Eurovision’s Silvester Belt on becoming Lithuania’s first LGBTQ+ entrant: ‘Why would I hide it?’

Eurovision Song Contest entrant for Lithuania Silvester Belt.

This year, singer-songwriter Silvester Belt is making history as the first LGBTQ+ artist to represent Lithuania at the Eurovision Song Contest.

At 26-years-old, he’s had an impressive career so far: aged just 12, he became a finalist in Lithuania’s preselection for the Junior Eurovision Song Contest in 2010. He’s starred in reality contests, including the Lithuanian version of The X Factor, and won music show Aš – superhitas in 2017.

Yet Eurovision 2024 marks his biggest career move to-date, and so far, it’s going well. Bookies predict he’ll finish on the left side of the leaderboard. His song, hypnotic eurobanger “Luktelk”, has hit over five million Spotify streams worldwide. In Lithuania, it hit number on the charts and stayed there for several weeks.

It’s a huge feat for any artist in the country – but particularly for a bisexual one.

“Zero. It’s nada. It’s non-existent,” says Belt, speaking to PinkNews about LGBTQ+ representation in Lithuania’s music scene. It’s something he’s clearly passionate about. “Everyone is pretending to be what they’re not, and it p***es me off so much.”

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While Eurovision has championed LGBTQ+ artists for decades, Lithuania has never sent an out one to the contest. In Belt’s view, there is a culture of fear among Lithuanian artists about being seen as LGBTQ+, as they feel there is “so much at stake” and that they could “lose [their] career” if they were to ever come out.

It’s not an unwarranted fear. Same-sex marriage is illegal in the country, while a 2020 survey found that six in ten LGBTQ+ people are never open about their identity. For Lithuanians with a public profile, the idea of coming out likely feels inconceivable.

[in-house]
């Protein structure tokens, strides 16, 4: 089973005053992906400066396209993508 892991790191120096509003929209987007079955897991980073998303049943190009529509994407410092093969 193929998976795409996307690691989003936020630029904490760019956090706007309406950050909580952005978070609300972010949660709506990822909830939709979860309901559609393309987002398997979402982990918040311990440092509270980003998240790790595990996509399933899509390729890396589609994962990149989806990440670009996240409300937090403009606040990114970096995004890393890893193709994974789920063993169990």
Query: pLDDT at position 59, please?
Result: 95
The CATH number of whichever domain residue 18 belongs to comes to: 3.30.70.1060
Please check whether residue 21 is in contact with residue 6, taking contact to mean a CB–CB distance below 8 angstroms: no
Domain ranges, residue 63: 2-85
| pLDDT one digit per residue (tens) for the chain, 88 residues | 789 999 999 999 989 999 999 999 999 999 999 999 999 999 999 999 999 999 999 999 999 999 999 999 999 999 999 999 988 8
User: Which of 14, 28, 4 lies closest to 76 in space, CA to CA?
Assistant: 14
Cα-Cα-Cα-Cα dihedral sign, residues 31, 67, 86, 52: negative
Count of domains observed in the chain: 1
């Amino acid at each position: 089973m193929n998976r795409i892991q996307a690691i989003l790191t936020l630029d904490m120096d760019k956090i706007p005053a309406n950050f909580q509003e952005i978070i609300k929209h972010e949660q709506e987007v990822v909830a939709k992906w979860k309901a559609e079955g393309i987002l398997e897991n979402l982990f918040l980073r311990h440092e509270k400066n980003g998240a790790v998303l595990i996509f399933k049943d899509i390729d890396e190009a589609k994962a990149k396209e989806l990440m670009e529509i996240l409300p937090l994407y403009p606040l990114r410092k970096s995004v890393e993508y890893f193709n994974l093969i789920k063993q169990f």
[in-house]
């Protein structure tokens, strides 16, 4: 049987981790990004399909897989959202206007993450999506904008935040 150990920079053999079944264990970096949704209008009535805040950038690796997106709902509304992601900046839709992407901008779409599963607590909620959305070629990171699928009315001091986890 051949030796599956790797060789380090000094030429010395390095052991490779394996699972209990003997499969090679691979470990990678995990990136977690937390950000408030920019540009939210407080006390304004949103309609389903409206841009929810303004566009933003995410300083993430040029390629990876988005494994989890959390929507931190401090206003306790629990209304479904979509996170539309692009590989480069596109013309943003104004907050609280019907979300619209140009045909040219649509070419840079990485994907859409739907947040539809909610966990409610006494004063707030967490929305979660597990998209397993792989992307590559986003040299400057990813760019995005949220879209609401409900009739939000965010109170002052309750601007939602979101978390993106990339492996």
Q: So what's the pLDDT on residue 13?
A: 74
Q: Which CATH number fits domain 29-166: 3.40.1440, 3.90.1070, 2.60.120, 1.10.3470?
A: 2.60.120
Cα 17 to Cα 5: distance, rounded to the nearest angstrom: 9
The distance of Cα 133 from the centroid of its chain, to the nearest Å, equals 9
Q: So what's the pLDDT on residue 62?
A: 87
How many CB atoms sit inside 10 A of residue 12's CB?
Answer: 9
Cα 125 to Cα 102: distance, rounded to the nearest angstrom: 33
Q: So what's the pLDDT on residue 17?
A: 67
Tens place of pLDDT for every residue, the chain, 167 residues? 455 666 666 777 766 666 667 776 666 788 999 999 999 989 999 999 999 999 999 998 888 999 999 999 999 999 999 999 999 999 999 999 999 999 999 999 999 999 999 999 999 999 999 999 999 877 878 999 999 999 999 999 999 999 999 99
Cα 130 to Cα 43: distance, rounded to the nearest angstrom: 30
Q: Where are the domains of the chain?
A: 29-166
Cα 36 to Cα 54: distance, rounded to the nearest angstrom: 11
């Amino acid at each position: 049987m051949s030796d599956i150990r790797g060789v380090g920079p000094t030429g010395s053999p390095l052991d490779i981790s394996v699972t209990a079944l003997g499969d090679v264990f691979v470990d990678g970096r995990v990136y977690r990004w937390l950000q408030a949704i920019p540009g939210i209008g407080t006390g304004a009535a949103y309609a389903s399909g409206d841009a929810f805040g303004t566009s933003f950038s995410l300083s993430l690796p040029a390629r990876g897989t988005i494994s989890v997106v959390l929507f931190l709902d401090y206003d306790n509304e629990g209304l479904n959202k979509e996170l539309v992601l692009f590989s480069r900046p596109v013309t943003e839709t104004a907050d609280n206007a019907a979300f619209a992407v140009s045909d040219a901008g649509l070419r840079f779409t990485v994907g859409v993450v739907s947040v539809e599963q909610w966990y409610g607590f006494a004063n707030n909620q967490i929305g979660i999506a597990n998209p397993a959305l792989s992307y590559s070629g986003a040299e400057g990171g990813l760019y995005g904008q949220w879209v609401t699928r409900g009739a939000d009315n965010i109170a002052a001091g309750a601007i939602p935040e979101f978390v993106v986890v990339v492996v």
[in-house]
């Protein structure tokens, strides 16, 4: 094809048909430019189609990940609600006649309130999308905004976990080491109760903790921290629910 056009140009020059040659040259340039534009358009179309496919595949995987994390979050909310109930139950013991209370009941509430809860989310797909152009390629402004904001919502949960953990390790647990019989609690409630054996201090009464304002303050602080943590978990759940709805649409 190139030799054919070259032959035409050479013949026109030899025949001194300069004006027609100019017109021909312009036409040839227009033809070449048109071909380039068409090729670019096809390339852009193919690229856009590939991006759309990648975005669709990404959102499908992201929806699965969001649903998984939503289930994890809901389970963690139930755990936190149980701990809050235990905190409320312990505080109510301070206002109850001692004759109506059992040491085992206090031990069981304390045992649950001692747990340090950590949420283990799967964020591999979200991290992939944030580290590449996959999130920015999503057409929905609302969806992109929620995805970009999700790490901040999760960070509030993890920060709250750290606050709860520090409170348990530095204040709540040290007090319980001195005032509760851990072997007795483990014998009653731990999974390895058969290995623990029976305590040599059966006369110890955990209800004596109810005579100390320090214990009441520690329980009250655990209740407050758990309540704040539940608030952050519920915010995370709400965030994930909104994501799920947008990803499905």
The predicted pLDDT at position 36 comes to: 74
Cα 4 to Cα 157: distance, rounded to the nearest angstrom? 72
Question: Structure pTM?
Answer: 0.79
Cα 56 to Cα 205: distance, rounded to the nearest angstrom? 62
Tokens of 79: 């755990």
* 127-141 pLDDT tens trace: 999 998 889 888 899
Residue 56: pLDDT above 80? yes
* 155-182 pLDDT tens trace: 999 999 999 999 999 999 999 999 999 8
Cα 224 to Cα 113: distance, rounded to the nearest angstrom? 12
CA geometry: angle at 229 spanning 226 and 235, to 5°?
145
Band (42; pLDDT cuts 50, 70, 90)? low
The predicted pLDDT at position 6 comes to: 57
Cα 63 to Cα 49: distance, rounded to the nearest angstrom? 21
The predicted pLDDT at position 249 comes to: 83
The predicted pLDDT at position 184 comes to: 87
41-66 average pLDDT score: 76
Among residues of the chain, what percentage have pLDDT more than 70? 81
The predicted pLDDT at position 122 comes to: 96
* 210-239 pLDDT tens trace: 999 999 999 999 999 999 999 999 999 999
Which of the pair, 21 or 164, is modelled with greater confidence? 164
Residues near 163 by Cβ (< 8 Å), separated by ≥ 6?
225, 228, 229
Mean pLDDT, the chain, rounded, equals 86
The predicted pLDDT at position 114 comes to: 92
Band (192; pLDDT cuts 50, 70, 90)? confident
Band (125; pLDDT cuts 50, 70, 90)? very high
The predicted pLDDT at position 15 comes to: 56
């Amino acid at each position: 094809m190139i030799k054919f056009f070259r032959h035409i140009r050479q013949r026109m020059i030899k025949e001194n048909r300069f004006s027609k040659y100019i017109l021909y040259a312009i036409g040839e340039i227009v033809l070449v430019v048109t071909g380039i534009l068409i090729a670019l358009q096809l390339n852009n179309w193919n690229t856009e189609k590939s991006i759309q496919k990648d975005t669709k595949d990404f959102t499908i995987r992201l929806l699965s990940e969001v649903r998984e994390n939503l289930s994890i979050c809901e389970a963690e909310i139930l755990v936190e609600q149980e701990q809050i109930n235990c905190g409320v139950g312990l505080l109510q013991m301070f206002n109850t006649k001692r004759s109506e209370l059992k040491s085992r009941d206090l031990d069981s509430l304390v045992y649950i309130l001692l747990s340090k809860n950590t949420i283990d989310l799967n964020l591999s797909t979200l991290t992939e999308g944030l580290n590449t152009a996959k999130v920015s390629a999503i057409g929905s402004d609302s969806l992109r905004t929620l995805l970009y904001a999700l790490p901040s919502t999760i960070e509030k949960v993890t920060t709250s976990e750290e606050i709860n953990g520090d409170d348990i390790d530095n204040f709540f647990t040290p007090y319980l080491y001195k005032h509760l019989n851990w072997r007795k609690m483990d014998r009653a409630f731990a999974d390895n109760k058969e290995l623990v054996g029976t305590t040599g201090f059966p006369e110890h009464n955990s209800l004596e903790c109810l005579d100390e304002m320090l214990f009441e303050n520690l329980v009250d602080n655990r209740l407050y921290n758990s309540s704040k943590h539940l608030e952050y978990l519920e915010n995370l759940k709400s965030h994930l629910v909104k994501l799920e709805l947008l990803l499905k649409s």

Belt struggled with homophobia at school and admits he used to “hate” himself because of his sexuality, but he was out and “comfortable” with being LGBTQ+ before his first adult TV appearance. He didn’t have to contend with coming out in the same way some stars with a platform might have to. 

However, he thinks if the scenario were different, and he had ascended to celebrity status before coming out, he’d still rather be “honest” with himself and the world, “rather than just pretending that you’re someone you’re not”.

His “honesty” has baffled some Lithuanian artists, he says. “They’re like, ‘Well, it’s a personal thing, and I don’t want to talk about it, and blah, blah, blah.” He understands where they’re coming from, “but saying you’re gay or whatever – it’s not a personal thing. It’s just like saying you have blue eyes. It’s not like you’re talking about what you’re doing in bed.”

Silvester Belt.
Eurovision: Lithuania’s entrant Silvester Belt. (Eurovision/EBU)

The main reason he is frustrated by the lack of LGBTQ+ representation in his country is that he thinks it would change the population’s mindset. Six in ten Lithuanians still believe that same-sex relationships are “wrong”.

“If every single LGBTQ artist in Lithuania, not even artists, if everyone [would] come out, I feel like Lithuania would change in a day,” he says. “It’s just crazy that we have this massive elephant in the room and we’re just pretending it’s not there.”

Eurovision is huge in Lithuania; in 2021, almost a third of the population watched the grand final. So far, he’s survived being the country’s entrant without homophobic incident (in person, that is. Online, the trolls are out in full force – but what’s new there? Plus, he’s unbothered by that. “I’ve heard it all,” he sighs.)

“That’s the thing. I’m not even struggling. People are not throwing eggs at me on the street,” he says. It’s quite the opposite, in fact: as this year’s contest has an abundance of LGBTQ+ representation, he’s made a number of new friends – his “LGBTQ+ gang” – which features the UK’s Olly Alexander, Ireland’s Bambie Thug, and Switzerland’s Nemo.

“Why would I hide it if their response is so welcoming,” he questions. Having queer people around him has made the wild experience a bit easier, too. “I just feel safer. I don’t feel awkward at all. It just feels like I’m home when I’m around them.”

Silvester Belt performs his song Luktelk.
Silvester Belt rehearsing his Eurovision song, “Luktelk”. (Eurovision/EBU/Sarah Louise Bennett)

Belt doesn’t want to be a poster child for LGBTQ+ representation in Lithuania. That’s not why he wanted to Eurovision: “I don’t even know why I decided to do this,” he quips. But he knows the power he has for those queer people in the country who don’t see themselves often in the media, or aren’t able to be seen themselves.

“As much as I’m probably gonna trigger a lot of people with just my being, I feel like at the same time, it is a big thing for the rest of us. If I had someone like that growing up, I feel like it would have helped me not feel so sh*t,” he says. “At least it will bring up a discussion about it.”

Silvester Belt will perform during the first Eurovision semi-final on 7 May.